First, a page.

P. CHIRANJIVI Vs. PRINCIPAL, M. K. C. G. MEDICAL COLLEGE AND ANR.
LAWS(ORI)-1978-2-16
HIGH COURT OF ORISSA
Decided on February 25,1978

P. Chiranjivi Appellant
VERSUS
Principal, M. K. C. G. Medical College And Anr. Respondents

JUDGEMENT

S.K.Ray, C.J. - (1.) THIS is an application under Section 482 of the Code of Criminal Procedure for quashing the criminal proceeding in case No. 2(C) C.C. 17 of 1972 pending in the Court of Shri K. B. Sahu, Judicial Magistrate, First Class, Berhampur after quashing the charges under Sections 177, 182 and 419 of the Indian Penal Code framed therein. This criminal case was initiated on the basis of a complaint filed by Dr. Sukumar Das in his official capacity as the Principal of M.K.C.G. Medical College. Berhampur. It is alleged in the complaint petition that the Petitioner secured his admission into the aforesaid medical college by producing a false declaration and a false nativity certificate to the effect that he is a permanent resident of Orissa while, in fact, he is not.
(2.) AFTER taking cognizance against the Petitioner for offences under Sections 177, 182 and 419, Indian Penal Code, the Sub -divisional Judicial Magistrate. Berhampur transferred the case for disposal to Shri K.B. Sahu. Judicial Magistrate. First Class. Berhampur. The prosecution examined P.W. 1, Dr. Sukumar Das, and exhibited -I documents. Ext. 1 is the nativity certificate purportedly granted by the Tahsildar, Parlakimedi; Ext. 2 is the application form of the Petitioner, Ext. 3 is the declaration form of the Petitioner and Ext. 4 is the order of the Director of Health Services directing prosecution of the Petitioner. Thereafter the question of framing of charges was mooted in the Court of the Magistrate, the Petitioner contending that no prima facie case for framing charges had been made out on the evidence so far produced and the A.P.P. for the prosecution contending otherwise. Ultimately charges were framed by the order of the Magistrate dated 30 -1 -1976. Being aggrieved by that order, the Petitioner moves the Sessions Judge, Berhampur for quashing the charges and directing that the Petitioner be discharged, in Criminal Revision No 16 of 1976(G). This revision was heard by the Additional Sessions Judge. Berhampur who dismissed it on the ground that the order of the Magistrate framing charges is an interlocutory order and that Section 397(2) is a bar to exercise of revisional power under Section 401, Code of Criminal Procedure. Being aggrieved by that order, the present revision application has been filed for the aforesaid reliefs.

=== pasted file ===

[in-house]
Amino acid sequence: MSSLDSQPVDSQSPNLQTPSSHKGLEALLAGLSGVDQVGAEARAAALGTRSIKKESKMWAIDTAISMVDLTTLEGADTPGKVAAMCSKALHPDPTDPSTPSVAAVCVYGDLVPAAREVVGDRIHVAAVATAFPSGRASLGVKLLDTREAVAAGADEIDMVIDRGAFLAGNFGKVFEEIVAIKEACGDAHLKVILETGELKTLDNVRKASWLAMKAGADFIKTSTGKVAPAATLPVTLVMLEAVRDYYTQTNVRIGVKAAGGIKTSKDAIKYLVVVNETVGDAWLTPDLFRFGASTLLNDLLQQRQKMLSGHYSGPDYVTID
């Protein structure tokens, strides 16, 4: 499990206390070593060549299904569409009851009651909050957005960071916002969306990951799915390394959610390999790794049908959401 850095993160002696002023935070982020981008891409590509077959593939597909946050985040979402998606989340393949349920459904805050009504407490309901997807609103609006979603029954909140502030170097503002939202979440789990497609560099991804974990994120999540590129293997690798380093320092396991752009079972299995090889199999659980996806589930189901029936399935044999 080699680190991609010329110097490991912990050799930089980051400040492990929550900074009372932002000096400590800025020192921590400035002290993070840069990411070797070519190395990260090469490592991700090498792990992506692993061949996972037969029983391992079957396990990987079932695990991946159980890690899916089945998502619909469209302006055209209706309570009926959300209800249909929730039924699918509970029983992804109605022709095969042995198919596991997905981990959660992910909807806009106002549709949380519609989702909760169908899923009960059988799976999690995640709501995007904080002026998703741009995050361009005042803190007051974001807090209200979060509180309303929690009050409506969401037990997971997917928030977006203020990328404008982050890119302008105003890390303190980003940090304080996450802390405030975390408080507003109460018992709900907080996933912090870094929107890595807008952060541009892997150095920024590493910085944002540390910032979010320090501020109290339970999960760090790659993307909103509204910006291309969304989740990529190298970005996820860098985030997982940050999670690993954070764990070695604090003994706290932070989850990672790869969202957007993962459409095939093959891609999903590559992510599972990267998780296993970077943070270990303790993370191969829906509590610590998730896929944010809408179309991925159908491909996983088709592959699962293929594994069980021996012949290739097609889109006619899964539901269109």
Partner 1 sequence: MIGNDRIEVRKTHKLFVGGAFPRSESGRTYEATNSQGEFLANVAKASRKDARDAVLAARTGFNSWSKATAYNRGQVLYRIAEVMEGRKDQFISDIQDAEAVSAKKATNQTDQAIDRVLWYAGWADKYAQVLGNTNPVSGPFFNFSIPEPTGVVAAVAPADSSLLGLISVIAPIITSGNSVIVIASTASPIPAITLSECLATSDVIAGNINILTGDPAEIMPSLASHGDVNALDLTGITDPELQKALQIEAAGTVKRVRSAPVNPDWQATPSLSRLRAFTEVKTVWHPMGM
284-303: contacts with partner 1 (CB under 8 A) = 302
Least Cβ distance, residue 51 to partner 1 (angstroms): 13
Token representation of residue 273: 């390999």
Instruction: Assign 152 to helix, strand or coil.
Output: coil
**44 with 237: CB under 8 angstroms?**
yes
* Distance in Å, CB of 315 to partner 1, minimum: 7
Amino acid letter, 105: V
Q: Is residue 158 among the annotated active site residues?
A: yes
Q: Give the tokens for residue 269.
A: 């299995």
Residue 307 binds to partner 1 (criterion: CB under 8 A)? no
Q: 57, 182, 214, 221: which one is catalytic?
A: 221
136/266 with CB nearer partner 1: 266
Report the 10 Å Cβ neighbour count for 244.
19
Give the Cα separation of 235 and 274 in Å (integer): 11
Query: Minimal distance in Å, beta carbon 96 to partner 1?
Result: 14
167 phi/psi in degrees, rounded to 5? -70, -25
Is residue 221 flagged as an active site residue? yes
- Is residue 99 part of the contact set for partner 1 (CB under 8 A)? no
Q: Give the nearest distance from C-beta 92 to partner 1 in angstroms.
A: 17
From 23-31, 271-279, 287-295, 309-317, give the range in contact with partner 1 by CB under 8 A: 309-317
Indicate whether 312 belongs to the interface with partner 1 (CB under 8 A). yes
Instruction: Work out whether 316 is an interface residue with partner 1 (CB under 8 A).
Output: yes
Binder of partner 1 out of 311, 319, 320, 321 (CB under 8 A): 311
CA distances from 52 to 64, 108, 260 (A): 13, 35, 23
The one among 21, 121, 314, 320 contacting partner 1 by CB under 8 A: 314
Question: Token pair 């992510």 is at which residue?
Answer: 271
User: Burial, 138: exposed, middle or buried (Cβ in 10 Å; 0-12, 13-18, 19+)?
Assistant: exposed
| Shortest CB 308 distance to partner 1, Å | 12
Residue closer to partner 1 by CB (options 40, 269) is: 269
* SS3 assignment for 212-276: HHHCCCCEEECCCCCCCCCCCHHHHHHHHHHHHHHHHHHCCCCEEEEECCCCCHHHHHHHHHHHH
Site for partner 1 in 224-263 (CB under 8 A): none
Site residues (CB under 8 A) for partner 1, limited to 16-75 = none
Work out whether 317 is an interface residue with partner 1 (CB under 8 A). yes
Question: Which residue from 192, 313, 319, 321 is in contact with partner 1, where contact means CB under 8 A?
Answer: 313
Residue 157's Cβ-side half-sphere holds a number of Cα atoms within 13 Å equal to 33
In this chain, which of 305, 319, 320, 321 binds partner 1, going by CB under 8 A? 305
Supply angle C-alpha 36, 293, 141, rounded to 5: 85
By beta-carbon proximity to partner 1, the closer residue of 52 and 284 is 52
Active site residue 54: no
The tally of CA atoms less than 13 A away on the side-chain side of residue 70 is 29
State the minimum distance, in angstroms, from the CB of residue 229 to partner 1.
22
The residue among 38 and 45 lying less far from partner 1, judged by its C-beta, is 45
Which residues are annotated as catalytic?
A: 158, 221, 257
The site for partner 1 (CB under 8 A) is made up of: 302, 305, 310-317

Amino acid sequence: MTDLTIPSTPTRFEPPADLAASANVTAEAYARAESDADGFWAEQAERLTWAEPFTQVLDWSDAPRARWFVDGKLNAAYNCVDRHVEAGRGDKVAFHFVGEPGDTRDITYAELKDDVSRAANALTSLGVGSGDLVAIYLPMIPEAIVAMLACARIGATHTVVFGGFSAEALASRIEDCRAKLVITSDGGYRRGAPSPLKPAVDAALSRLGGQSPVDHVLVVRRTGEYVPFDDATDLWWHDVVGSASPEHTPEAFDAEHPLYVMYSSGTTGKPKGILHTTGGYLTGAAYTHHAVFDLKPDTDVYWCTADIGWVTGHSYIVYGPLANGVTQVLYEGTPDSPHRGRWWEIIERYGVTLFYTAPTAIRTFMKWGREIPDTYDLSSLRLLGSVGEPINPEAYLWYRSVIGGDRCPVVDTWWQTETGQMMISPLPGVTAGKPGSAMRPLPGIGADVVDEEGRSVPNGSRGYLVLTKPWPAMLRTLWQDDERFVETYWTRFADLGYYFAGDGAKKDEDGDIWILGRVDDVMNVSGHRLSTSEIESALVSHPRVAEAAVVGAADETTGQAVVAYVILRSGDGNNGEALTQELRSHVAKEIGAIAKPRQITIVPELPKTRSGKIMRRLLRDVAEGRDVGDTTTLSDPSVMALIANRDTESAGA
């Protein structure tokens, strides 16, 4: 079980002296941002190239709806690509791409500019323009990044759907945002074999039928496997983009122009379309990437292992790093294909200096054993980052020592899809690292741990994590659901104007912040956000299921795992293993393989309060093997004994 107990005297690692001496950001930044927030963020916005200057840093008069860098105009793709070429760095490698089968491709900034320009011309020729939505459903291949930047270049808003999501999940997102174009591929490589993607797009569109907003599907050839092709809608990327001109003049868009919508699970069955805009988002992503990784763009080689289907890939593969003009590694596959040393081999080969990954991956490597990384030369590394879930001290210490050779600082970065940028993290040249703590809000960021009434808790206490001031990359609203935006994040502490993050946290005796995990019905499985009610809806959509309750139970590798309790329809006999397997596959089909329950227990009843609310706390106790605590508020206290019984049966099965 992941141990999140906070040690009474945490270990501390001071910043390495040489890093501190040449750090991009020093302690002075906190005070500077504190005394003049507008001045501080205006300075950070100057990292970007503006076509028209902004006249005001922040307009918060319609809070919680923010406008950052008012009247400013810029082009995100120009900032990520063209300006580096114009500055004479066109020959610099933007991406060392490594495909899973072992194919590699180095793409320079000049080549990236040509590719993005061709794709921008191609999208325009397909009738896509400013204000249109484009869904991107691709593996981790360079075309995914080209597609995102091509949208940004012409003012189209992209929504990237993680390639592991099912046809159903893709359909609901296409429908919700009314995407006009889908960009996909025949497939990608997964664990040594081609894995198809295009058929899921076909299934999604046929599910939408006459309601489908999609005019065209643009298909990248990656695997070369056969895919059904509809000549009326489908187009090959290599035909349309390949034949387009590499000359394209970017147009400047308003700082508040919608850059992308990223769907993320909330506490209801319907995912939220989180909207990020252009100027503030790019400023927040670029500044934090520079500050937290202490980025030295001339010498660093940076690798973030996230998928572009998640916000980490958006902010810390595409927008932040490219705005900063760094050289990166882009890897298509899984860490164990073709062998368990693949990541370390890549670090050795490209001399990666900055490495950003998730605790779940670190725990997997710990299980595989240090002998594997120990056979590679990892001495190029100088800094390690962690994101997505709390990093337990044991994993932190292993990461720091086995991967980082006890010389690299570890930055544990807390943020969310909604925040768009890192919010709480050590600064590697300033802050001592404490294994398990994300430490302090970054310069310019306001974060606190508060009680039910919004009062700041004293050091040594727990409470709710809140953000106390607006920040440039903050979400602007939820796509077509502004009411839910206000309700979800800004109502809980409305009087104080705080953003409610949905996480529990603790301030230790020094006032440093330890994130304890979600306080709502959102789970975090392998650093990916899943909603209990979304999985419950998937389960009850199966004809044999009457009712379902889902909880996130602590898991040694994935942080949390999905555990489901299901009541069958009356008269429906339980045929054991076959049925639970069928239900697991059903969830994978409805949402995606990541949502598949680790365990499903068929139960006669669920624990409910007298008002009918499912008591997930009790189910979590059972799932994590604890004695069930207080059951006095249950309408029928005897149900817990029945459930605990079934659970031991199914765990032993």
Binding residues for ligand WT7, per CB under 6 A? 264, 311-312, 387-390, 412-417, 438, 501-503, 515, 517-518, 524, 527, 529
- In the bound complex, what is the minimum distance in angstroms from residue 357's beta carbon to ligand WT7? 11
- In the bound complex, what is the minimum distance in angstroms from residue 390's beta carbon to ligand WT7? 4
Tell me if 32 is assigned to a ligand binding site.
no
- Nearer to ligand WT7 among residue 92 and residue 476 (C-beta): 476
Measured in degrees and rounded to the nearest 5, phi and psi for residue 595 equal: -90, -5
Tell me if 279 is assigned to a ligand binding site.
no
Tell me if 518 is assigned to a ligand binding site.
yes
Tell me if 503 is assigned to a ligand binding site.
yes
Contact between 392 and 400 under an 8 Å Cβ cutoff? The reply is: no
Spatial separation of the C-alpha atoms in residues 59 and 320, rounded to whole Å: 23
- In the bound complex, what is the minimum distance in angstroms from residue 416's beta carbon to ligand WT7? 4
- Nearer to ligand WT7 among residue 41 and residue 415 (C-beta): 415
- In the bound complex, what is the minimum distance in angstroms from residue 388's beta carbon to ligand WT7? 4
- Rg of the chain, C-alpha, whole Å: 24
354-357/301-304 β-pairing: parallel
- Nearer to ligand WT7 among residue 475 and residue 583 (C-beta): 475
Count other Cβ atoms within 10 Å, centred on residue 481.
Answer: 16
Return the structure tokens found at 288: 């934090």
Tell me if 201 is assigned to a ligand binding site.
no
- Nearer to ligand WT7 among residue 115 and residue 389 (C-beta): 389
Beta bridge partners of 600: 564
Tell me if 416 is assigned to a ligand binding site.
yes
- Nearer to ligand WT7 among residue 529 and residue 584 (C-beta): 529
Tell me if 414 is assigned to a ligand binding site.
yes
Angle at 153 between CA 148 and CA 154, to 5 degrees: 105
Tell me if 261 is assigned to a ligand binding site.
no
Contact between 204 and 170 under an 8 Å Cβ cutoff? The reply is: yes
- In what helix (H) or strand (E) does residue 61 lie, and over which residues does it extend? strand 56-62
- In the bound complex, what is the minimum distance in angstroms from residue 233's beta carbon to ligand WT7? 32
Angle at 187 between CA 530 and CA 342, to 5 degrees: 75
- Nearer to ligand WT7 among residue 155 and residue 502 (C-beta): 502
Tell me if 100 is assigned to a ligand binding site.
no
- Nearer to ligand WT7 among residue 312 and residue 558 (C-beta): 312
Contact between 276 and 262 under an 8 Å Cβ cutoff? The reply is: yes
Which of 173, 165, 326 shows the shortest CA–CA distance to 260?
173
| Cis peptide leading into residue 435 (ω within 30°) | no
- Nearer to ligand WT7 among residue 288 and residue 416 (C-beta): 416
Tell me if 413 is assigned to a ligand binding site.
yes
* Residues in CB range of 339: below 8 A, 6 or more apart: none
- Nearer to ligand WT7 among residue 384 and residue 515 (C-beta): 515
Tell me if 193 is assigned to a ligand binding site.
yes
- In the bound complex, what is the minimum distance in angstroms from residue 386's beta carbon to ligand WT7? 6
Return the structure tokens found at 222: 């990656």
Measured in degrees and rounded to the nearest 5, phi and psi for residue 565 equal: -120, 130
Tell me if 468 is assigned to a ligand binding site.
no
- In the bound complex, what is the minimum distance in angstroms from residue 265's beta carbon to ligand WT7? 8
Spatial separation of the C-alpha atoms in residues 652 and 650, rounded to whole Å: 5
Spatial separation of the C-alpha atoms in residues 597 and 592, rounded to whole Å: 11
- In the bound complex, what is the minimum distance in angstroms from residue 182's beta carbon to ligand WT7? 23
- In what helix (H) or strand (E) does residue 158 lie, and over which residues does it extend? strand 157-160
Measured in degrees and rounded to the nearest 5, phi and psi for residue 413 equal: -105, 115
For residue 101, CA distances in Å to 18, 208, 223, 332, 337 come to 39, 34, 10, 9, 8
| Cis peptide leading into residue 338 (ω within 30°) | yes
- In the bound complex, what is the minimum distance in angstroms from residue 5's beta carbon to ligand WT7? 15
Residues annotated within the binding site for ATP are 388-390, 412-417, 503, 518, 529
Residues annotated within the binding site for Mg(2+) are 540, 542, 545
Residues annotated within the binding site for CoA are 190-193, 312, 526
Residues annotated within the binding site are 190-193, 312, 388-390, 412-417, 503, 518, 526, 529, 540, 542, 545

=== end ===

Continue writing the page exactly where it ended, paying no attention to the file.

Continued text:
(3.) A preliminary objection was raised by the learned Additional Standing Counsel that no second revision lay as the Petitioner had already moved the Sessions Judge invoking his power of revision against the very order of the Magistrate which is impugned in this revision. Secondly, it was contended that the order in relation to which the power of revision is sought to be exercised being an interlocutory order, this revision is not maintainable. These contentions are essentially based on Sub -sections (2) and (3) of Section 397, Code of Criminal Procedure. It must be noticed that the revisional application to this Court has been filed under Section 482 of the Code of Criminal Procedure which provides that nothing in this Code (which would include Sub -sections (2) and (3) of Section 3(7) shall be deemed to limit or affect the inherent powers of the High Court. Thus, if a situation arises calling for exercise of this inherent jurisdiction of this Court, nothing in Section 397 bars such exercise. The Supreme Court in Madhu Limaye's case (Madhu Limaye v. State of Maharashtra : A. I. R 1978 S. C. 47), has dealt with the ambit and scope of Section 182 Code of Criminal Procedure and has laid down the following principles: (a) The bar provided in Sub -section (2) of Section 397 operates only in exercise of the revisional power of the High Court, meaning thereby that the High Court have no power of revision in relation to any interlocutory order. (b) In such a case where the revisional power cannot be exercised, the inherent power of the High Court will come into play for the redress of the grievance of the aggrieved party. In cases where the impugned order clearly brings about a situation which is an abuse of the process of the Court or for the purpose of securing the ends of justice, exercise of the inherent power of the High Court becomes imperative. (c) If the order assailed is purely of an interlocutory character which could be corrected in exercise of the revisional power of the High Court, the High Court will refuse to exercise its inherent power. (d) Cases of interference in exercise of inherent power of the Court should be few and far between and that such power should be exercised sparingly. It can be exercised in cases where it is desirable that a criminal proceeding initiated illegally, vexatiously or as being without jurisdiction should be quashed. (e) Inherent power should not be exercised as against the express bar of law en grafted in any other provisions of the Code. Their Lordships of the Supreme Court have further proceeded to indicate the meaning of 'interlocutory order' referred to in Sub -section (2) of Section 397, Code of Criminal Procedure. Their Lordships said: ...On the one hand, the legislature kept intact the revisional power of the High Court and, on the other, it put a bar on the exercise of that power in relation to any interlocutory order. In such a situation it appears to us that the real intention of the legislature was not to equate the expression 'interlocutory order' as invariably being converse to the words 'final order'. There may be an order passed during the course of a proceeding which may not be final in the sense noticed in Kuppuswarni's case ( : A.I.R. 1949 FC 1) (supra), but, yet it may not be an interlocutory order -pure or simple. Some kinds of order may fall in between the two. By a rule of harmonious construction, woe think that the bar in Sub -section (2) of Section 397 is not meant to be attracted to such kinds of intermediate orders. They may not be final orders for the purposes of Article 134 of the Constitution, yet it would not be correct to characterise them as merely interlocutory orders within the meaning of Section 397(2). It is neither advisable, nor possible to make a catalogue of orders to demonstrate which kinds of orders would be merely, purely or simply interlocutory and which kinds of orders would be final, and then to prepare an exhaustive list of those types of orders which will fall in between the two. In the case of Mohan Lal Magan Lal Thacker v. State of Gujarat : A.I.R 1968 S.C. 733, some tests for determining a final order as distinct from interlocutory order were culled out from some English decisions in the majority decision of Shelat, J. One of the tests is "If the order in question is reversed would the action have to go on -. Applying that test to the facts of the instant case, it would be noticed that if the plea of the Petitioner succeeds and the order of the Magistrate framing charges is reversed or quashed, the criminal proceeding initiated against him cannot go on. The finality of an order is not to be judged by correlating that order with the controversy in the complaint, viz., whether the Petitioner committed the offences charged against him therein. The fact that the controversy still remained alive is irrelevant. Applying the above principle to the present case, the order of the Magistrate is a final order, as opposed to an interlocutory order. In view of my conclusion that the order of the Magistrate is a final order and that the jurisdiction that is' invoked is under Section 482, Criminal Procedure Code, the preliminary objections of the learned Additional Standing Counsel have no substance.;